Wednesday, February 5

A TO Z chores for every age

Should I start asking my child to do chores? What chores are appropriate? Most parents struggle with these questions. Helping around the house is a good way for your child to learn responsibility and the importance of hard work.  This list of age-appropriate chores from Focus on the Family can help you put a plan in place to recruit some extra help around the house while teaching your child valuable life skills.

AGES 2 & 3
Personal chores
  • Assist in making their beds
  • Pick up playthings with your supervision

Family chores
  • Take their dirty laundry to the laundry basket
  • Fill a pet's water and food bowls (with supervision)
  • Help a parent clean up spills and dirt
  • Dust

AGES 4 & 5 (children at this age can start using a family chore chart)
Personal chores
  • Get dressed with minimal parental help
  • Make their bed with minimal parental help
  • Bring their things from the car to the house

Family chores
  • Set the table with supervision
  • Clear the table with supervision
  • Help a parent prepare food
  • Help a parent carry in the lighter groceries
  • Match socks in the laundry
  • Answer the phone with parental assistance
  • Be responsible for a pet's food and water bowl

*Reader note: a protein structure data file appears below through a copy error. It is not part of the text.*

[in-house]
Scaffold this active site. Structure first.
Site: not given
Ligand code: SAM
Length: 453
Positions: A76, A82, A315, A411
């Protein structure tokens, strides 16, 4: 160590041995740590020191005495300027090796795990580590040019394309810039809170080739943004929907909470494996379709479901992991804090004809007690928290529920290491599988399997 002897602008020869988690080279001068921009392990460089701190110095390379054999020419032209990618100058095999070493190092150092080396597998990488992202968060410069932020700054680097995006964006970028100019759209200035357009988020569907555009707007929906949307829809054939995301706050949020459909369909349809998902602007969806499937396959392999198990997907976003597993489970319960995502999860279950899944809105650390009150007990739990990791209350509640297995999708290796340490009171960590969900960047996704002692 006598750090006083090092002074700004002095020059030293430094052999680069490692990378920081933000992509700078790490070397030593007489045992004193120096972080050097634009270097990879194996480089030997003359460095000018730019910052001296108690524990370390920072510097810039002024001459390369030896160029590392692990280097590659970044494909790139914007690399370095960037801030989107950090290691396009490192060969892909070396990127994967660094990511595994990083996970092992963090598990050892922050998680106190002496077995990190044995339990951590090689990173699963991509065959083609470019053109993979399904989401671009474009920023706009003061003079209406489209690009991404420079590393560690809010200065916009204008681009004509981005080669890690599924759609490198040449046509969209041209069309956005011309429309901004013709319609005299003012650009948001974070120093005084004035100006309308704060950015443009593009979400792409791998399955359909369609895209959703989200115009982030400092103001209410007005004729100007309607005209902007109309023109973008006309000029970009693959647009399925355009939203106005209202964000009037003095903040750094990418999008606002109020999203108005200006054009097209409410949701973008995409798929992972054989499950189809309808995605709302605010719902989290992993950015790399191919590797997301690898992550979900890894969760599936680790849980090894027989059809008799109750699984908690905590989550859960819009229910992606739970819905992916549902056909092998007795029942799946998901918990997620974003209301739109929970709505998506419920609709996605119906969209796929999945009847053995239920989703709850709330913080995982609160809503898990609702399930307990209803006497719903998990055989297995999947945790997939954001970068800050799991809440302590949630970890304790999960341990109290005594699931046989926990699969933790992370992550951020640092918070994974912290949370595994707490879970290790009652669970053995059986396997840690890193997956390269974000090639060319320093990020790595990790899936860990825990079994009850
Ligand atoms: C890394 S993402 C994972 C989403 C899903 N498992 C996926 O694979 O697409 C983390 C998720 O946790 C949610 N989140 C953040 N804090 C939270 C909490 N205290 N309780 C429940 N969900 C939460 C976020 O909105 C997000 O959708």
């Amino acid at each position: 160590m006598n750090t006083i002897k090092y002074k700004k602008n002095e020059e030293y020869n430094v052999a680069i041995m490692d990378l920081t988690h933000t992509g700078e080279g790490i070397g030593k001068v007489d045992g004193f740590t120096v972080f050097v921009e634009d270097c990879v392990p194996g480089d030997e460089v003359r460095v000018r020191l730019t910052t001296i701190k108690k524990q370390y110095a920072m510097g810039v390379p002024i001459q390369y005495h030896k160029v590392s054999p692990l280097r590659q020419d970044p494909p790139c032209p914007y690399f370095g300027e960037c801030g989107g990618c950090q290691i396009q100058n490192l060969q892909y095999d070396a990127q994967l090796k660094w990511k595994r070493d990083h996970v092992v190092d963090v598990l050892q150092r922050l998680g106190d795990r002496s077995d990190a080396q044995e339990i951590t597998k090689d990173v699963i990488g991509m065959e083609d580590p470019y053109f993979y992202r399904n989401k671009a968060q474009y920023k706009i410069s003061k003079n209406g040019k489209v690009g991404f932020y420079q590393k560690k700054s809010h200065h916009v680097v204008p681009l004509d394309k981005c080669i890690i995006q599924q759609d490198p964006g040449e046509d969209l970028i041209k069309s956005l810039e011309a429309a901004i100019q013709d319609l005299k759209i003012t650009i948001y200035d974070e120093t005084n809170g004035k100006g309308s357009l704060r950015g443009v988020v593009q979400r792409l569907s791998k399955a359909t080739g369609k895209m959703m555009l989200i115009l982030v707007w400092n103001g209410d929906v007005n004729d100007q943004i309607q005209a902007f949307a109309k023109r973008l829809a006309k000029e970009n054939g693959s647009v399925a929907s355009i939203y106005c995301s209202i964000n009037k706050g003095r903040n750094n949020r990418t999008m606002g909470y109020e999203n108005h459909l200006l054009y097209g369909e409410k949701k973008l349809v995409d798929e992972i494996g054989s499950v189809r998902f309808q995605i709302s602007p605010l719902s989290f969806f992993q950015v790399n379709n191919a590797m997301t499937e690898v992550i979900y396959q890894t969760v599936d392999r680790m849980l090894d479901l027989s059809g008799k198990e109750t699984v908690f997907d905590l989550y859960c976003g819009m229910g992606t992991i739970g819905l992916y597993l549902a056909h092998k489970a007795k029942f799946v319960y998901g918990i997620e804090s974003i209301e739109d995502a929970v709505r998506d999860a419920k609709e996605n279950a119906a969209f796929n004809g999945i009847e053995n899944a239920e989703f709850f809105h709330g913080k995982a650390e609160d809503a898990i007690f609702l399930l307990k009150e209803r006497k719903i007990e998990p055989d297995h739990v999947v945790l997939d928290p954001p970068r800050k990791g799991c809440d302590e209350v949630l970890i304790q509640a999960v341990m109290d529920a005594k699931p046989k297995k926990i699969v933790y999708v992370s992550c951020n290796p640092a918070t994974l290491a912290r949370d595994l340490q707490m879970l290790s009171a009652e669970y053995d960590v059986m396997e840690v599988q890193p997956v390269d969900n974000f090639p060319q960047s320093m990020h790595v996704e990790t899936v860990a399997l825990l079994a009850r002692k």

• Hang up towels in the bathroom
  • Clean floors with a dry mop

AGES 6 & 7
Personal chores
  • Make their bed every day
  • Brush teeth
  • Comb hair
  • Choose the day's outfit and get dressed
  • Write thank you notes with supervision

Family chores
  • Be responsible for a pet's food, water and exercise
  • Vacuum individual rooms
  • Wet mop individual rooms
  • Fold laundry with supervision
  • Put their laundry in their drawers and closets
  • Put away dishes from the dishwasher
  • Help prepare food with supervision
  • Empty indoor trash cans
  • Answer the phone with supervision

AGES 8 & 9
Personal chores
  • Take care of personal hygiene
  • Keep bedroom clean
  • Be responsible for homework
  • Be responsible for belongings
  • Write thank you notes for gifts
  • Wake up using an alarm clock

Family chores
  • Wash dishes
  • Wash the family car with supervision
  • Prepare a few easy meals on their own
  • Clean the bathroom with supervision
  • Rake leaves
  • Learn to use the washer and dryer
  • Put all laundry away with supervision
  • Take the trash can to the curb for pick up
  • Test smoke alarms once a month with supervision
  • Screen phone calls using caller ID and answer when appropriate

Teaching your kids to help around the house is a big part of helping them learn to take care of themselves and an important part of growing up. 

Image credit: Focus on Family
Contributed by Darcy, Fairmont Private Schools

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